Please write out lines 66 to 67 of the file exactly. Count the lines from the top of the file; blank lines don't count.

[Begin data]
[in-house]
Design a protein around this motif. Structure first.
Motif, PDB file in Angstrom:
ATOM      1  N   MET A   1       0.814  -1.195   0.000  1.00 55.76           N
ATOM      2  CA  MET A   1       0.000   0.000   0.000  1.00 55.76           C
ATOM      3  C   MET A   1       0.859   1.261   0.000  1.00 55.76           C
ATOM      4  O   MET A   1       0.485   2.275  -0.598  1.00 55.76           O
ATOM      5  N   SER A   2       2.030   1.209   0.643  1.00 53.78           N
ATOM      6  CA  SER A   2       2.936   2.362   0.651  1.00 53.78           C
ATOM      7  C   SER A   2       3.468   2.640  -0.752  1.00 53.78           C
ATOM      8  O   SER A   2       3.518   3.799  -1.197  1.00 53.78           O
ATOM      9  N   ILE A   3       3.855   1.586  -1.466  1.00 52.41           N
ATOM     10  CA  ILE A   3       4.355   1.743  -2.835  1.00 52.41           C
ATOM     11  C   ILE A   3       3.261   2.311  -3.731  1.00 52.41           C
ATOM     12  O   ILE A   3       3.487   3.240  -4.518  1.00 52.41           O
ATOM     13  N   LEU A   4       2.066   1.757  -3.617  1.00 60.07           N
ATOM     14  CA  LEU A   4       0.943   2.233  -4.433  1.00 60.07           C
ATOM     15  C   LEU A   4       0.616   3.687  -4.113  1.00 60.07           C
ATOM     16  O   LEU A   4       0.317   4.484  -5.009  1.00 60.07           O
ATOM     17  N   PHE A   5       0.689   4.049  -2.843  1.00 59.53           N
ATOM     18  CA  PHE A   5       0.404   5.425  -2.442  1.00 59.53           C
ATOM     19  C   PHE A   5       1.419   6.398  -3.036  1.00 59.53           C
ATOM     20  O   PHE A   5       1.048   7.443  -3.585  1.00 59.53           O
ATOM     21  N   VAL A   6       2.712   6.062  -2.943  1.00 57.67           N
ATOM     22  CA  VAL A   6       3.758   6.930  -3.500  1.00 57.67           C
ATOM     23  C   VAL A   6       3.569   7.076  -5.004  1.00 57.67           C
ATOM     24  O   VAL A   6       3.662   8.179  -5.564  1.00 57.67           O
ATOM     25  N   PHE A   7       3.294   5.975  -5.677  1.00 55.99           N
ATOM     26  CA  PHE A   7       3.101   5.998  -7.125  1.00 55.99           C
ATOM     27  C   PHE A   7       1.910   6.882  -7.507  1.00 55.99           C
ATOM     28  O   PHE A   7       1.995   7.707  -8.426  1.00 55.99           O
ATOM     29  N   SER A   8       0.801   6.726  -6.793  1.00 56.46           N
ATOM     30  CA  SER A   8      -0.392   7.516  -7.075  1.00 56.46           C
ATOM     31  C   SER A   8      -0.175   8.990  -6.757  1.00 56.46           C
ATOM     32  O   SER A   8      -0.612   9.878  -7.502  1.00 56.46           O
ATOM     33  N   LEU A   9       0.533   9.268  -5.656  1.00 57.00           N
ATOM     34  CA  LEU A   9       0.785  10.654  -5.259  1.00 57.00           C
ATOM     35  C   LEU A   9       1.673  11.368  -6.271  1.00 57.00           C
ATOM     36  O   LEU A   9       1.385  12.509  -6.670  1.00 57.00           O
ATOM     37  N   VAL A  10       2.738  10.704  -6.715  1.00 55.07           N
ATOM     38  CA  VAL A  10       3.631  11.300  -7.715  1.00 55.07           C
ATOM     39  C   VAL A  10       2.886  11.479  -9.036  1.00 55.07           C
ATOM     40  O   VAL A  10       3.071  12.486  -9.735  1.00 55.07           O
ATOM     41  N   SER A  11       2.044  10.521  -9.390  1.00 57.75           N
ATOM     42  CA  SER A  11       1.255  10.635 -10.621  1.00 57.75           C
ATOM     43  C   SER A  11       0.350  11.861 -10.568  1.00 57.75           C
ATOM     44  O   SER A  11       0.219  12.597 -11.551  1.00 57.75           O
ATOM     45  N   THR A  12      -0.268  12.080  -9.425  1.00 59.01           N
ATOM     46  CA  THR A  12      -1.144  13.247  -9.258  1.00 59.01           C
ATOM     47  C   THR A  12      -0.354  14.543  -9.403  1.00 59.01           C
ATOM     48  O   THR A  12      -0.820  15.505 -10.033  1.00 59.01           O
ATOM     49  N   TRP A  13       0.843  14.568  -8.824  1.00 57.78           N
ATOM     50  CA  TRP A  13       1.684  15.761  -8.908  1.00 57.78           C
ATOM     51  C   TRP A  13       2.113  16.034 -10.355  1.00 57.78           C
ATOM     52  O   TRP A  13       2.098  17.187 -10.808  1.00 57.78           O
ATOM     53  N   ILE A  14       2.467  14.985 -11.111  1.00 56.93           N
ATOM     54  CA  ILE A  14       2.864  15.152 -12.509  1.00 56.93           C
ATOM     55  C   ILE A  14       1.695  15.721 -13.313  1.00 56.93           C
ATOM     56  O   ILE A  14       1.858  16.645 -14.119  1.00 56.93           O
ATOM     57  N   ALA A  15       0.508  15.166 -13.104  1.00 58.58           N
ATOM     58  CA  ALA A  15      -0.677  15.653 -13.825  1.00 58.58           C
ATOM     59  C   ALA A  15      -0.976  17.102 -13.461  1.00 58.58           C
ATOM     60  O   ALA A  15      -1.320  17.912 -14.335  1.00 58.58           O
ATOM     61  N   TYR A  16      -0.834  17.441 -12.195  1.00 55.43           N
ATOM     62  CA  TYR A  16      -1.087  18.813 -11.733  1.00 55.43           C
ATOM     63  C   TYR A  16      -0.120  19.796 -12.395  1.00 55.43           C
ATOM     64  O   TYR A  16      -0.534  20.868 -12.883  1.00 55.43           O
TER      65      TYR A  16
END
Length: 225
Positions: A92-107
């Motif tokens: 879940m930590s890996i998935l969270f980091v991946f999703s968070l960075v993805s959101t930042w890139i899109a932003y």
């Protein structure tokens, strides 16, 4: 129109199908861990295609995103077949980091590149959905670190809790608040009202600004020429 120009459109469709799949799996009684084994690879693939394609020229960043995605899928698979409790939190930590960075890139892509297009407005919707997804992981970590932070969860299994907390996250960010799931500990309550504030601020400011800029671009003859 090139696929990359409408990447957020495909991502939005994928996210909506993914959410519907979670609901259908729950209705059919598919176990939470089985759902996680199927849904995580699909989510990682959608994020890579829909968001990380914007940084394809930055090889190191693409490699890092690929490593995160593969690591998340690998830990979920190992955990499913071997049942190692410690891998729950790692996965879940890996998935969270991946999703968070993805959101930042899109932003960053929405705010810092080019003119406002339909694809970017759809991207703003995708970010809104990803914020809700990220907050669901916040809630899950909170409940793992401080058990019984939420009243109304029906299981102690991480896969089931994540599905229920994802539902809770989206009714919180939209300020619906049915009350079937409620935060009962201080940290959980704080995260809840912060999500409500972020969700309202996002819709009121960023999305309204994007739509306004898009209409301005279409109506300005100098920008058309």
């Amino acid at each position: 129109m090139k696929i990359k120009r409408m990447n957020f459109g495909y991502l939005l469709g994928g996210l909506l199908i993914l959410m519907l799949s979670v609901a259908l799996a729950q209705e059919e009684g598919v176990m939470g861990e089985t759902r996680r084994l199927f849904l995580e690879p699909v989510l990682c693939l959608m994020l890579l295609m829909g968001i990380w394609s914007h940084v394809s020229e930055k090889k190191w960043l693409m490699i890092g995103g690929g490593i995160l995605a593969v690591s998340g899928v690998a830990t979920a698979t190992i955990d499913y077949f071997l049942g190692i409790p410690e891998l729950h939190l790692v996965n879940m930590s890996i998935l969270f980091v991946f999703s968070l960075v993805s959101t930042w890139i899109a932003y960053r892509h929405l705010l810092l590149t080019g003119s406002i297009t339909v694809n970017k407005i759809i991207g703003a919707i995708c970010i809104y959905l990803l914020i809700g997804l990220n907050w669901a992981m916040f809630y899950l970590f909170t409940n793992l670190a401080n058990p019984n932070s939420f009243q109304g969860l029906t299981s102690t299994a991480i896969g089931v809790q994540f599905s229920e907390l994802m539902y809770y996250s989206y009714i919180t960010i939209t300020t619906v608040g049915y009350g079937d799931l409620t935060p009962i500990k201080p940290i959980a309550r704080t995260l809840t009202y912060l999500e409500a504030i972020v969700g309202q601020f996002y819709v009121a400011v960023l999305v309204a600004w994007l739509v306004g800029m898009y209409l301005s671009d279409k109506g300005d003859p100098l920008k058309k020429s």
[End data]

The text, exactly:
ATOM     63  C   TYR A  16      -0.120  19.796 -12.395  1.00 55.43           C
ATOM     64  O   TYR A  16      -0.534  20.868 -12.883  1.00 55.43           O